Archive for January, 2014

To Work for an Entrepreneur, Apply Like One

Posted: January 19, 2014 by Bob Gilbreath in Culture, People, Startup

BobGilbreathAhaMany people advise aspiring entrepreneurs to go work with a startup company before venturing out on their own. This offers a chance to live and breathe this high-paced world and learn from founder mentors while still pulling in a steady paycheck. But to work for an entrepreneur, you must job seek like an entrepreneur.

Over the past six months I have personally been involved in hiring over a dozen people for our startup, and I am surprised how little work most people put into applying. It might be that the shift to digital applications through sites like LinkedIn make it too easy for people to apply by clicking a button. But they forget that it’s just as easy for the hiring manager to hit “delete.” Winning a great job takes hard work and determination, and that’s doubly true when it comes to an entrepreneurial business or startup.

The first step is to put yourself in the shoes of the startup’s leaders. They put in many hours, make decisions at light speed, need people who can contribute immediately, and are passionate about their companies. A single bad hire can kill a promising company, yet the right hire can double or triple sales overnight. Any spare hour that the entrepreneur spends is precious, and she must be extremely choosey on where her time is spent. (more…)

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Startup 101: Build an Advisory Board

Posted: January 11, 2014 by Vance VanDrake III in Leadership, People, Planning, Startup

vancevandrakeA strong advisory board, which shouldn’t be confused with a board of directors, is the single most valuable asset that a start-up can have.  An advisory board is generally a group of three to five individuals that advise the company, often for free, in a capacity that is less formal than that of a board of directors.  The value can be limitless, but some of the more significant benefits include the following:

  1. Your team is more important than your idea
    An A team with a B idea is more investable than a B team with an A idea.  Sophisticated investors bet on people, not ideas. This approach has become even more commonplace considering most start-ups pivot three or four times before settling on a business model. The original idea often evaporates and only a strong team can carry the company forward.  An advisory board gives you an instant team, often without giving up any equity, that can build credibility. Smart entrepreneurs will beef up an otherwise thin “management” slide on their deck with an impressive advisory board.
  2. It wont cost you anything
    Most advisory board members are not compensated and entrepreneurs should avoid, if possible, any payment other than picking up the occasional lunch tab. Entrepreneurs are the new rockstars and most founders don’t realize that being affiliated with a start-up is attractive; don’t be afraid to ask.  Prospective board members are likely to be flattered by your offer and will welcome the opportunity to lend a hand.
  3. The perfect advisory board member
    An advisory board member should be selected because they have (a) access to capital, (b) credibility, or (c) can provide a skill set that the current team lacks.  Every advisory board member should have at least one of these characteristics, but the perfect board member has all three.  Make a list of the skill sets that your business needs and draw up a “wish list” advisory board.  Leverage your network and start making “asks” of people that match your needs.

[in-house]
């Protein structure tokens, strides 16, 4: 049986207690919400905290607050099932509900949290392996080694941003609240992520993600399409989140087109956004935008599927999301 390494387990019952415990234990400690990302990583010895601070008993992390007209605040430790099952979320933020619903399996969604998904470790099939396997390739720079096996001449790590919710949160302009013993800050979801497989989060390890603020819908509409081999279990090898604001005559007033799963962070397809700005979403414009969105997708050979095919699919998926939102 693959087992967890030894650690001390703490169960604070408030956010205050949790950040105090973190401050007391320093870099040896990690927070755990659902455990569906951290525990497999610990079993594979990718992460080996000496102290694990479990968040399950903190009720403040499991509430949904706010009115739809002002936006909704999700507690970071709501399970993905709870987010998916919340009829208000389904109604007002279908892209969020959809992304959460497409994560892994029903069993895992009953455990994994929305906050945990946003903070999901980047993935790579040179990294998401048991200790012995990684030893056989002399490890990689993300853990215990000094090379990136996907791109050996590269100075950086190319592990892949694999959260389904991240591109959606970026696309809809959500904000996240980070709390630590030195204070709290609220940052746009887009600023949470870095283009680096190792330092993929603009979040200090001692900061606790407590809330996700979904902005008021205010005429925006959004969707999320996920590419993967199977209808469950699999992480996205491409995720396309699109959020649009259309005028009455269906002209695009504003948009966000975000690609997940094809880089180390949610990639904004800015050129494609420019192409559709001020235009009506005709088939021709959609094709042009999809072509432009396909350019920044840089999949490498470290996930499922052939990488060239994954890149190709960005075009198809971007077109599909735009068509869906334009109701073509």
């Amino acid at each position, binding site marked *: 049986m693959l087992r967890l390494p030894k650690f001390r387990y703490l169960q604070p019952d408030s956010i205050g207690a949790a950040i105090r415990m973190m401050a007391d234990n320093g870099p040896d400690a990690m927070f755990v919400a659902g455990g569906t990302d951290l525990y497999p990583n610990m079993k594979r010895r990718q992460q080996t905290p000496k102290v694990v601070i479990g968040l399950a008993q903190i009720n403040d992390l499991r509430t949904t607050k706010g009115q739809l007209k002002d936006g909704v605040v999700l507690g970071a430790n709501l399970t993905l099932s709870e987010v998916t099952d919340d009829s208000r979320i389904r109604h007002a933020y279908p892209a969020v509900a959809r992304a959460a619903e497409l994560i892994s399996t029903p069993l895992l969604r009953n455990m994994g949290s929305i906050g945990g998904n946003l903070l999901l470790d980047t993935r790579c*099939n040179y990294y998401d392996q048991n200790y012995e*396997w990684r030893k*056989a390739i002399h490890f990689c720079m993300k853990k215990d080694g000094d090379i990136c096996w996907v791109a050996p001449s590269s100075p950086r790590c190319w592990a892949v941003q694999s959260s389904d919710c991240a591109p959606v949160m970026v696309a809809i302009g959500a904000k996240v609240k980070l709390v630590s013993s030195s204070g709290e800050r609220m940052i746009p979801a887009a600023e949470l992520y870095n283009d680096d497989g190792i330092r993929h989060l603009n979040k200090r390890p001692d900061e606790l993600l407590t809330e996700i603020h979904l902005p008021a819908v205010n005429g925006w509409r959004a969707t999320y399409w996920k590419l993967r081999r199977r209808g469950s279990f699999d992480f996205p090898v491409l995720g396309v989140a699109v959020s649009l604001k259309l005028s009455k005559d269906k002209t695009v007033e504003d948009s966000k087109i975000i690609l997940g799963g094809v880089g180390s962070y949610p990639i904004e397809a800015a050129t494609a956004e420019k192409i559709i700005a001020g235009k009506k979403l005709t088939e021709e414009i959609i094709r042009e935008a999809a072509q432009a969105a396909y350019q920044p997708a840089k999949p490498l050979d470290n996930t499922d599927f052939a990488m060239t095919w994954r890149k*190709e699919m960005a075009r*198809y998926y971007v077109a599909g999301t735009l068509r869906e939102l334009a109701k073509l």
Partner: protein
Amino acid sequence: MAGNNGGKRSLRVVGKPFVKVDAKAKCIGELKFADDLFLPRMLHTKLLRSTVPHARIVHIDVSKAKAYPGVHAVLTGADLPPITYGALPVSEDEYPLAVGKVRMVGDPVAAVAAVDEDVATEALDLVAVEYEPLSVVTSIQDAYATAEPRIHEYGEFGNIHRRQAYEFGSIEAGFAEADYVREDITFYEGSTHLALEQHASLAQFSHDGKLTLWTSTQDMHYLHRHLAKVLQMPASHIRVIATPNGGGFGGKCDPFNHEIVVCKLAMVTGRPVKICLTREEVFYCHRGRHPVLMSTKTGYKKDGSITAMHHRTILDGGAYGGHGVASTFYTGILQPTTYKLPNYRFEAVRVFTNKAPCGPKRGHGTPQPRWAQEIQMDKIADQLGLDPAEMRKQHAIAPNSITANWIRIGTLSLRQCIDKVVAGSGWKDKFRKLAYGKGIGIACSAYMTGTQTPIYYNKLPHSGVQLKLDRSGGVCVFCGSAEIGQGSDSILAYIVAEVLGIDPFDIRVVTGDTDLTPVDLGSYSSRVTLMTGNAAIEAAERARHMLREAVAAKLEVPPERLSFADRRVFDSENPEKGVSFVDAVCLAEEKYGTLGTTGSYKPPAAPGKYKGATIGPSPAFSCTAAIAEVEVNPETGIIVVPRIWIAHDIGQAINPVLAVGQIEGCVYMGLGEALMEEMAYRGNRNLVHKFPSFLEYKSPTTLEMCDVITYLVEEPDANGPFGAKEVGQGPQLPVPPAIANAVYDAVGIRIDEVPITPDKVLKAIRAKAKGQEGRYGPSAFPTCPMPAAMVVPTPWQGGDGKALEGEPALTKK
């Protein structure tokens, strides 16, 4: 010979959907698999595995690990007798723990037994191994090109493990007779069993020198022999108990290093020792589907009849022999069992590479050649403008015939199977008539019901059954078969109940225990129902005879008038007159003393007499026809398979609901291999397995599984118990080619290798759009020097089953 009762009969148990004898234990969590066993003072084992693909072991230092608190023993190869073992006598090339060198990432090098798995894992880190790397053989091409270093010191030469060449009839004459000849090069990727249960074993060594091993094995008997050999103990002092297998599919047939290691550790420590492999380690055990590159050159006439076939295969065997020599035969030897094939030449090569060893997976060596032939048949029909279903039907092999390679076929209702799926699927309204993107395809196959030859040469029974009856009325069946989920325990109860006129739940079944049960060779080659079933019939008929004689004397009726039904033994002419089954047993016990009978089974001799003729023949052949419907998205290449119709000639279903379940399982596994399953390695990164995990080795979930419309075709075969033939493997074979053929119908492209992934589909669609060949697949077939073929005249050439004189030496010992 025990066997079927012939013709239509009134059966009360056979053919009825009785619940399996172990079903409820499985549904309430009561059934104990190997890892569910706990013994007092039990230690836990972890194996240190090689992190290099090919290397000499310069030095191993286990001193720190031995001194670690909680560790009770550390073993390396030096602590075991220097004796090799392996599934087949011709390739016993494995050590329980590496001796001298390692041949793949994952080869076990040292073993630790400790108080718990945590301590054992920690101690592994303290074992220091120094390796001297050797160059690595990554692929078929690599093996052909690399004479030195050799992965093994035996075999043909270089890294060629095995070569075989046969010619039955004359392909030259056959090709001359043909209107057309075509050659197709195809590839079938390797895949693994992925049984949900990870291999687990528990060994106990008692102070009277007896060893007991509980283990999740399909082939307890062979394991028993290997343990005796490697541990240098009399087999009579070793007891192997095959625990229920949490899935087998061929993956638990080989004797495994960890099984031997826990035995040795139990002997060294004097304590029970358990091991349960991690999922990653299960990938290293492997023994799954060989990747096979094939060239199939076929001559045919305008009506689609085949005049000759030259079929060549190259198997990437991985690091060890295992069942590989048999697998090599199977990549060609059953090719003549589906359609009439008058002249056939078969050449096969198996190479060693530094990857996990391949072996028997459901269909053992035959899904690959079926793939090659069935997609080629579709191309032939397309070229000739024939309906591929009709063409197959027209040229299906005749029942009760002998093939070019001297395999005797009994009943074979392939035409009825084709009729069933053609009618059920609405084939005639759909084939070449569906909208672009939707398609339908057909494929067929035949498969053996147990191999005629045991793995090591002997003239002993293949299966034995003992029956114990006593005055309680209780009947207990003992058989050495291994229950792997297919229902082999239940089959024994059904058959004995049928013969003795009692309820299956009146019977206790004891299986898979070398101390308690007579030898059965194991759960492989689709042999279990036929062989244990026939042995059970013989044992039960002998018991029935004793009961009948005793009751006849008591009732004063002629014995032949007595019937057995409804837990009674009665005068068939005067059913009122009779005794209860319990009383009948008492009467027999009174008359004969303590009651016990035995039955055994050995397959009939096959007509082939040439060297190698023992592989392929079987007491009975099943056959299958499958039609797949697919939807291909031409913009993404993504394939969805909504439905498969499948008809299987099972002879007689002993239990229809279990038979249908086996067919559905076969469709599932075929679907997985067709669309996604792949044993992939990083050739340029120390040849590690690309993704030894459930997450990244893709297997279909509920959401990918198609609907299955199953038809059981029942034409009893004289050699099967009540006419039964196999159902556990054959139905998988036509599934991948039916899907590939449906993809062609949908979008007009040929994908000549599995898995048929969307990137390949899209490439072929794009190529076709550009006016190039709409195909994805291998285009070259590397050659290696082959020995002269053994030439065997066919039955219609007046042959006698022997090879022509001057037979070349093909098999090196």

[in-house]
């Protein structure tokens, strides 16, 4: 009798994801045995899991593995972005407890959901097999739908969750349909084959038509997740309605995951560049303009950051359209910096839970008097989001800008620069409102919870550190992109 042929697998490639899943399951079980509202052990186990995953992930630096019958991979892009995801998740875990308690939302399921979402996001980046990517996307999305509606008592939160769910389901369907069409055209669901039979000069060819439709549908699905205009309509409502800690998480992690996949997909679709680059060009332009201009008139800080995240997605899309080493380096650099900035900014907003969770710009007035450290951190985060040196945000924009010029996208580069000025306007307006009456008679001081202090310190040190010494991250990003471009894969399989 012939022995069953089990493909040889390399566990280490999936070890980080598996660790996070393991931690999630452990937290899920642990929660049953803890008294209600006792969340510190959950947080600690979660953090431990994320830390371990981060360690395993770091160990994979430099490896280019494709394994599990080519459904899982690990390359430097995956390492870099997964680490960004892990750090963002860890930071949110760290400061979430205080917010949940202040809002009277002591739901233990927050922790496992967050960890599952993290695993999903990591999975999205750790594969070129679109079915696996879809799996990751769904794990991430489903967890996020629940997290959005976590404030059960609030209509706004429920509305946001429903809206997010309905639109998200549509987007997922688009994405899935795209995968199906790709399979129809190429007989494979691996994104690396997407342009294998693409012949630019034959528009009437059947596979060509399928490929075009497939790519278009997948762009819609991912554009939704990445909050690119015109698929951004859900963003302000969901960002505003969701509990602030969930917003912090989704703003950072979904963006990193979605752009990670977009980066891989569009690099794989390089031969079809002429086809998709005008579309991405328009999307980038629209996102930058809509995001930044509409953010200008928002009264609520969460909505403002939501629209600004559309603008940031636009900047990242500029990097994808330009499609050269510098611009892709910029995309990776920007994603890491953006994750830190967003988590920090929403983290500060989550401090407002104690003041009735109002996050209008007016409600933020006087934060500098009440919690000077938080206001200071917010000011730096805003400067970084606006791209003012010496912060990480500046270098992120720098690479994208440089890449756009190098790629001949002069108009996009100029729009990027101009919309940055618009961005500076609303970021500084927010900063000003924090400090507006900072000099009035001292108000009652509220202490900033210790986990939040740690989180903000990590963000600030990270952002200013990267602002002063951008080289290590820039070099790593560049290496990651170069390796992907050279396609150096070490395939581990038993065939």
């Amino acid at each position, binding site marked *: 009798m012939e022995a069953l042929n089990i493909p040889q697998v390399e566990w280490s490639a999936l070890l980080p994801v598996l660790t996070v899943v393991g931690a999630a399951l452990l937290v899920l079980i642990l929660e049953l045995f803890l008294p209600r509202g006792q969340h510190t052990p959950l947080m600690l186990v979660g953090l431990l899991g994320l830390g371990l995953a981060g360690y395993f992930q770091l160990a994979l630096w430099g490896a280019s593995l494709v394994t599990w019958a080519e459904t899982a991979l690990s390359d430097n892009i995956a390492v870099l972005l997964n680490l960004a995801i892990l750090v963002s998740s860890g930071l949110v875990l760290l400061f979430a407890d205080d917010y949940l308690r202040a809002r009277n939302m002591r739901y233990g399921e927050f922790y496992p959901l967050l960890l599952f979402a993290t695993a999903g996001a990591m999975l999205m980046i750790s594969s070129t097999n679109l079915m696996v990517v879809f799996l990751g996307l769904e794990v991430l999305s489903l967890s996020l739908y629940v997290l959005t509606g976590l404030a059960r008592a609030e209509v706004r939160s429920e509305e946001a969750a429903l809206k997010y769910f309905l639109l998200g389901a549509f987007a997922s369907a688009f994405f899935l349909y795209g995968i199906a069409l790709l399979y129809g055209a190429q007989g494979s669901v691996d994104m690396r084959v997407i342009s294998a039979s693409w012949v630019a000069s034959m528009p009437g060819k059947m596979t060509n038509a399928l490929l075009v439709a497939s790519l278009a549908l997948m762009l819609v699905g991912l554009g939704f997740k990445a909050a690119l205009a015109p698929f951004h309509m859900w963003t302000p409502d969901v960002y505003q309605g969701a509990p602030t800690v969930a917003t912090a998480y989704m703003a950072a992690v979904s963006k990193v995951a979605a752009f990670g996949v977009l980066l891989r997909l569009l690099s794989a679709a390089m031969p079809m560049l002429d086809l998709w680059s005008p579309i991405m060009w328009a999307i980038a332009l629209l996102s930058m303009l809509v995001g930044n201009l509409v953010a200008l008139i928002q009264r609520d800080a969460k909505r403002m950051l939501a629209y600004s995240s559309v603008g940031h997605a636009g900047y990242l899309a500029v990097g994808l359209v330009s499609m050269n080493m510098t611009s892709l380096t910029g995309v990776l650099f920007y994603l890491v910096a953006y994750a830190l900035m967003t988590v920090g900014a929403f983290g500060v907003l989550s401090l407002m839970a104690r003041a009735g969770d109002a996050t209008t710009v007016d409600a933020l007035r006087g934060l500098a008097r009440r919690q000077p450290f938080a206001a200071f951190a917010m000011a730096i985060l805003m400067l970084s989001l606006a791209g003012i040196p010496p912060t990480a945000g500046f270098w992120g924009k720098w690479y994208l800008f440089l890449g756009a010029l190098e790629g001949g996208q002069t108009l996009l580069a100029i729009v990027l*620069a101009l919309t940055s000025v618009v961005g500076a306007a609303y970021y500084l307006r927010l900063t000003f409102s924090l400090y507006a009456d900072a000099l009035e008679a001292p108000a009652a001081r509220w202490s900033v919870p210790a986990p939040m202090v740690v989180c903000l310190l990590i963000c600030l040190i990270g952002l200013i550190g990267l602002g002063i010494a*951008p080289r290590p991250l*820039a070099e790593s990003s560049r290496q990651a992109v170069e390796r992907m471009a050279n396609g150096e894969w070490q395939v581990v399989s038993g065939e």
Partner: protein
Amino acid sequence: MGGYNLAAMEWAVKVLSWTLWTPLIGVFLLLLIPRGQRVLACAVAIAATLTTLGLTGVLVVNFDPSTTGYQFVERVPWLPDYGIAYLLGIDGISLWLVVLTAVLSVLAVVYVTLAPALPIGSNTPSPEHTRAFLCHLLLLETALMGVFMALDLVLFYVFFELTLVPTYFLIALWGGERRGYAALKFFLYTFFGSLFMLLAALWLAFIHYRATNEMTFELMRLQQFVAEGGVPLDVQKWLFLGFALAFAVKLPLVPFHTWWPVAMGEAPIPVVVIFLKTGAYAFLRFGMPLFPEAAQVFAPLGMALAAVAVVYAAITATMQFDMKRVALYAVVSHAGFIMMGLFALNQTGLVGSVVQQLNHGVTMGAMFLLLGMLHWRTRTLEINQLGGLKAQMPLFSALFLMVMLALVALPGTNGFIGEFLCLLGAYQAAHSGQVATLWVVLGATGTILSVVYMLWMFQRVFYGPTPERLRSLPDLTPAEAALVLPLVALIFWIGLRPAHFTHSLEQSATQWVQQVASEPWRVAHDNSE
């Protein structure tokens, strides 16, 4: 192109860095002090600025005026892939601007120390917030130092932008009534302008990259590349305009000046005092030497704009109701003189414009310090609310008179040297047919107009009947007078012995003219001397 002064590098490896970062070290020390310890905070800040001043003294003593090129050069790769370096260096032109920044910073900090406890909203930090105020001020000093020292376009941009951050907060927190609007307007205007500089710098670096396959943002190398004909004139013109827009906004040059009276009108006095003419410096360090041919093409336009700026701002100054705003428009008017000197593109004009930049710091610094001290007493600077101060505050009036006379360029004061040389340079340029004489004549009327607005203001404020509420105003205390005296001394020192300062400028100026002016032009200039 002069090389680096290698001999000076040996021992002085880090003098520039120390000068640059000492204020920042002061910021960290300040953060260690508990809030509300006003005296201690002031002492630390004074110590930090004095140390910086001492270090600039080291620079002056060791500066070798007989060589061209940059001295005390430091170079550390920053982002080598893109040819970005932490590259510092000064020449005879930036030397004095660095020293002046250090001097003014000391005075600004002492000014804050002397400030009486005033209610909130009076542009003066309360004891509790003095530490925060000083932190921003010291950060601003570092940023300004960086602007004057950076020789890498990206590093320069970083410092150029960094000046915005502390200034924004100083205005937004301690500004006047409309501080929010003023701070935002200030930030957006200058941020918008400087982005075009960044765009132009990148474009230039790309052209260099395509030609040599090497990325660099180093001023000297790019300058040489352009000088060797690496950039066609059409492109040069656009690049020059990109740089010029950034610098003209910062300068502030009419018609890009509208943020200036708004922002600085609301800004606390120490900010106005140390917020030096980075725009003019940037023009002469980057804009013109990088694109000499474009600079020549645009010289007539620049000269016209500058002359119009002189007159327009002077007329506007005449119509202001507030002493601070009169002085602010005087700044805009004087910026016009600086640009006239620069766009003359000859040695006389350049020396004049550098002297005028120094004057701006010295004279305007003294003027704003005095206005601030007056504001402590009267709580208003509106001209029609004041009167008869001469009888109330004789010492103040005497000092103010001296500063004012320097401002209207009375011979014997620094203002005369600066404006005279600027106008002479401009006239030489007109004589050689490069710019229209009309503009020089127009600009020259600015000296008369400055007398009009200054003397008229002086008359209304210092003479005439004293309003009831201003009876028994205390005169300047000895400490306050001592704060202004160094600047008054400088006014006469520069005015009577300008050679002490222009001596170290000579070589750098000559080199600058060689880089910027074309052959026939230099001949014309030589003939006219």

4. Minimal time commitment
    An advisory board should not require much time from the founders or from the board members. Because advisory boards are generally not compensated, the time commitment should be less than a few hours a month. Many advisory boards never meet formally; entrepreneurs can reach out to specific board members when the need arises. The minimal time commitment can help entrepreneurs attract prestigious, but busy, prospective board members.
  5. Maximum flexibility
    Most advisory board members are not bound by contract or formal agreement. As a company grows, its needs may change and more prestigious individuals may be asked to serve.  The informality of an advisory board allows new members to be added and less relevant members need not be formally removed. There is no cap on the number of members allowed, which can help start-ups build a robust team.

joshua-johnson-thumbnailI was 23 when I determined to live the life of an entrepreneur. Like many, I was seduced by the idea of independent wealth, “owning my time”, and changing the world (all in the same breath, of course). These goals alone were not my vice. How I pursued them and the beliefs I acted out while driving toward success have often led me off course. I always believed that if I just worked harder and longer hours that it would equal a greater chance of success. While a diligent work ethic is important for our character and provision, I realized that too much of a good thing can also be destructive.

Have you heard that story of the woman who died from drinking too much water?

In essence, water intoxication occurs when a person drinks so much water that the other nutrients in the body become diluted to the point that they can no longer do their jobs. I believe this is a lot like the American work culture. We strive so hard for success, wealth, and sometimes fame, that we lose sight of the other necessary nutrients that give us life.

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